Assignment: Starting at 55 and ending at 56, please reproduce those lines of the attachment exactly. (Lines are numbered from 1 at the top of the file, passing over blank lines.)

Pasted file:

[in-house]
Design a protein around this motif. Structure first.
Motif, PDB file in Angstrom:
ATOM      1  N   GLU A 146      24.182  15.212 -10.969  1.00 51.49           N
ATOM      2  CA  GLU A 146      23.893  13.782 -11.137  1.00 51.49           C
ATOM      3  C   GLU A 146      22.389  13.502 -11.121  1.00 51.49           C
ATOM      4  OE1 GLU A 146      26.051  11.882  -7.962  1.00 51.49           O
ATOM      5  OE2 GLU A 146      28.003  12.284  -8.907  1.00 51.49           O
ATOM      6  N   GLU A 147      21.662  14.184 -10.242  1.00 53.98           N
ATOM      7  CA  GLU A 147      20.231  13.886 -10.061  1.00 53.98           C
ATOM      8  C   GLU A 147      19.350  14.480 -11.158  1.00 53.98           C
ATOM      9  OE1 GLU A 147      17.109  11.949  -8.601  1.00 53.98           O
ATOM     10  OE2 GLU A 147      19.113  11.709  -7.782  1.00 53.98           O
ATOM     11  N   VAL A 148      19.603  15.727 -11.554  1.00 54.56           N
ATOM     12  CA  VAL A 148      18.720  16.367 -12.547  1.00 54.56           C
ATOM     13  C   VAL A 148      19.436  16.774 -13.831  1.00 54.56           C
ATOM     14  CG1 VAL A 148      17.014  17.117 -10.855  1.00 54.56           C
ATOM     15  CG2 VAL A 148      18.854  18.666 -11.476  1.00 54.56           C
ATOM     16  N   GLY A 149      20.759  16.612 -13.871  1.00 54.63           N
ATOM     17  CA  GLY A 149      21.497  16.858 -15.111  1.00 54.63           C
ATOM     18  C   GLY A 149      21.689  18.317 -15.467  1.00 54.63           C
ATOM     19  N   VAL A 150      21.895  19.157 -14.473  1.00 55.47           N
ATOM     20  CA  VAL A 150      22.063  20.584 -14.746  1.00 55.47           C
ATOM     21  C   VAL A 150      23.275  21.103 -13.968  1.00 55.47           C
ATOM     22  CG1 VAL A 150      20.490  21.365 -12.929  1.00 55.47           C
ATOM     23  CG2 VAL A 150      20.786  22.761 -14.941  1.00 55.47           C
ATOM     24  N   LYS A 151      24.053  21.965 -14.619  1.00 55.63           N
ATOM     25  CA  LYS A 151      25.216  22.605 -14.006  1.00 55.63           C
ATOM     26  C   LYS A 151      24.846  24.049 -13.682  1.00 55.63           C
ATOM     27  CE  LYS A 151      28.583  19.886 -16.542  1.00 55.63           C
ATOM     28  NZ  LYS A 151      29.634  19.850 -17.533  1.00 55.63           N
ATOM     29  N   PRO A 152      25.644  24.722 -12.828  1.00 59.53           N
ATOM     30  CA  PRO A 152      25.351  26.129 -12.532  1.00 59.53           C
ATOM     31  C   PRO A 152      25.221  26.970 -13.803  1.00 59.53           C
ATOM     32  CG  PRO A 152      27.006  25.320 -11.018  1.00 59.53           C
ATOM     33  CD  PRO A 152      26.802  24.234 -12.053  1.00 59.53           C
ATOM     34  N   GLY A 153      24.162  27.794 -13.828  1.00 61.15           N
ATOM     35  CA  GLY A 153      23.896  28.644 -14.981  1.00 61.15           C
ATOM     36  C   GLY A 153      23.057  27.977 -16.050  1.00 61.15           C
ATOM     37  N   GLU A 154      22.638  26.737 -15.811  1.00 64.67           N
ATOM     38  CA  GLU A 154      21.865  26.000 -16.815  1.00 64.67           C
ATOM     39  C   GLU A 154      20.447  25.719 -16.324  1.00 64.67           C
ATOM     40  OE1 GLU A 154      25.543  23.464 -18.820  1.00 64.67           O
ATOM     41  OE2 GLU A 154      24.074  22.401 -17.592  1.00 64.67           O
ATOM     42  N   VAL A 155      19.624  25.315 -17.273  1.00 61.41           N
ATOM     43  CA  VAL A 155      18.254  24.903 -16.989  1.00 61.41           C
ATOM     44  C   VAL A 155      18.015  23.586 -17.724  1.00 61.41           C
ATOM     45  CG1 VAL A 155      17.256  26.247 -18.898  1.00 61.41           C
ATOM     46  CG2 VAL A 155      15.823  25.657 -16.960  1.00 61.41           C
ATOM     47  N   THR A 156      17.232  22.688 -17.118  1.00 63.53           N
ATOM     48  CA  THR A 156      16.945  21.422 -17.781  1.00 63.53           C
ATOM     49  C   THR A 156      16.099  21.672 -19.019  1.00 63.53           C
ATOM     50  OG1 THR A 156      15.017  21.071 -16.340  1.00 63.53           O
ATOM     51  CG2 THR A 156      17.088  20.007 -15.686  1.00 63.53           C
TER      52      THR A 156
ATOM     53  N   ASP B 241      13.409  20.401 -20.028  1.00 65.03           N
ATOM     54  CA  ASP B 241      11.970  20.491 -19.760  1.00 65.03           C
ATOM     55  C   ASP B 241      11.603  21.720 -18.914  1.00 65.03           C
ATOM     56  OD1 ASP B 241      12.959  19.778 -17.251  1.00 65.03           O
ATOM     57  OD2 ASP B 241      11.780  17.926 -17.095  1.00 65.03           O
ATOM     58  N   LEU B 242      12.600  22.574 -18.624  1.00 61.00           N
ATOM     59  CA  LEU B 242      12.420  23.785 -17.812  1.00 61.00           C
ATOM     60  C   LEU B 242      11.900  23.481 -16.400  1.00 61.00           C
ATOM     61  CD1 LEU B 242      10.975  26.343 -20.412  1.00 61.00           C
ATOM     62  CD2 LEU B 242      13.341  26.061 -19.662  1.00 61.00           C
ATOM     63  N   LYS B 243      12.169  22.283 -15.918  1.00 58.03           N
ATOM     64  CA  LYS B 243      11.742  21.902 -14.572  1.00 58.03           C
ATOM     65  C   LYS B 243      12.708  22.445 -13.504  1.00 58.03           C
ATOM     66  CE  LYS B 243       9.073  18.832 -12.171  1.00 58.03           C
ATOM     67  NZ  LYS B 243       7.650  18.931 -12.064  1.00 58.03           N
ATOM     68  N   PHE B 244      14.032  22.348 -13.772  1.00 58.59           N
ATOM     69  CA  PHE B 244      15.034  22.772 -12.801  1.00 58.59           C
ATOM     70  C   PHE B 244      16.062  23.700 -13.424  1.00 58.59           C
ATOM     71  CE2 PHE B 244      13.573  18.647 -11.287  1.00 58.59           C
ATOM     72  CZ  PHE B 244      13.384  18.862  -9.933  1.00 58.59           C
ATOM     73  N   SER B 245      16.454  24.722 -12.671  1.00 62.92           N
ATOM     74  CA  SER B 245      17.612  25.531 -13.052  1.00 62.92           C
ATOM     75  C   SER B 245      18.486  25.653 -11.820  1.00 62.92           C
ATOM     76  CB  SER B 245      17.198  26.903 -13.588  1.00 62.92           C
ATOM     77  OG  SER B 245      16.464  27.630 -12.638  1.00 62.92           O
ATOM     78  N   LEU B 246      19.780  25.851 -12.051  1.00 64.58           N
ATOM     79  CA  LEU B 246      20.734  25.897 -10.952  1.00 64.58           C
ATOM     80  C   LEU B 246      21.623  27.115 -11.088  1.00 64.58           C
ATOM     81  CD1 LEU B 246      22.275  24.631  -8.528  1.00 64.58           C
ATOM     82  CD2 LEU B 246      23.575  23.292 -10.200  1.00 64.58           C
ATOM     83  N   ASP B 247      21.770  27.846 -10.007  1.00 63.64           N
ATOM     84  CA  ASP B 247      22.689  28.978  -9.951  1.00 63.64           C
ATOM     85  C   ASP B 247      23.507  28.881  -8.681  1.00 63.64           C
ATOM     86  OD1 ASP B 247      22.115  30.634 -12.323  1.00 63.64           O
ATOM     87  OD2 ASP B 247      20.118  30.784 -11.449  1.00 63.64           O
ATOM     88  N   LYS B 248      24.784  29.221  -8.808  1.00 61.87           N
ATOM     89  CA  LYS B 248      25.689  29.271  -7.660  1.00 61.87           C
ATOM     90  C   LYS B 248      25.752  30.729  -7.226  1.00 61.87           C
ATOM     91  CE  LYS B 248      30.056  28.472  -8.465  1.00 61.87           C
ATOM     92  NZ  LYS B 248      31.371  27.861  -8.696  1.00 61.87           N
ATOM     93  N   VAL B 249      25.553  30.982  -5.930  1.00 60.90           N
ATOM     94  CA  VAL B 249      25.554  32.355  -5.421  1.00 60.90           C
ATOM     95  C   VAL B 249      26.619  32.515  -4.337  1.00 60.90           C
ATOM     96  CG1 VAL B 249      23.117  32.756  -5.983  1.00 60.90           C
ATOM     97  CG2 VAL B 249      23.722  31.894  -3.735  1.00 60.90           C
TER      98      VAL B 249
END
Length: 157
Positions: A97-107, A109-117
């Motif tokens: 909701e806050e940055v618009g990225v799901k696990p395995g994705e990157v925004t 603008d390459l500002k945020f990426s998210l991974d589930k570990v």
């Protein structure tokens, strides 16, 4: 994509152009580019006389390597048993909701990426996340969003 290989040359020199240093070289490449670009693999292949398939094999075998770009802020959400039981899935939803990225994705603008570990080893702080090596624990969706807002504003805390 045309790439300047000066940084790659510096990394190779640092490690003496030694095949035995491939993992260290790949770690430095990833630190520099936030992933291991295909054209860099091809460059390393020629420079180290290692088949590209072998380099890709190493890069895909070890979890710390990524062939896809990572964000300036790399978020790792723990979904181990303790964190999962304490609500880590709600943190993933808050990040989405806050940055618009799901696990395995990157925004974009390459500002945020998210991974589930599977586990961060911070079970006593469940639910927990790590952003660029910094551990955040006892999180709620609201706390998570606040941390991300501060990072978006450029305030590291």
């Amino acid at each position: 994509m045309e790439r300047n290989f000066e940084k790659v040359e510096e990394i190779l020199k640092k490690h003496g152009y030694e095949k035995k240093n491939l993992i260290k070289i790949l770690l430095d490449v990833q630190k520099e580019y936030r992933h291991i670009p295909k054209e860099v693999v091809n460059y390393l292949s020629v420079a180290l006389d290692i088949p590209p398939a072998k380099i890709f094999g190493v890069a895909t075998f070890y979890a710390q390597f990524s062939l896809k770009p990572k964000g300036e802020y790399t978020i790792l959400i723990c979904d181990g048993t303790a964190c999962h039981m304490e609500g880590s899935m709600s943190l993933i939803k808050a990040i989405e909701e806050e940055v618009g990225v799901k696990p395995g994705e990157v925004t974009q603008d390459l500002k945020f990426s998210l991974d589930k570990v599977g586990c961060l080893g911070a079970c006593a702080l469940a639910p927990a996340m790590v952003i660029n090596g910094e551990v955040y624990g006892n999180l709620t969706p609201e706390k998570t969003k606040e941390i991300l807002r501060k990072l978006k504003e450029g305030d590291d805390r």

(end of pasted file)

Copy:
TER      52      THR A 156
ATOM     53  N   ASP B 241      13.409  20.401 -20.028  1.00 65.03           N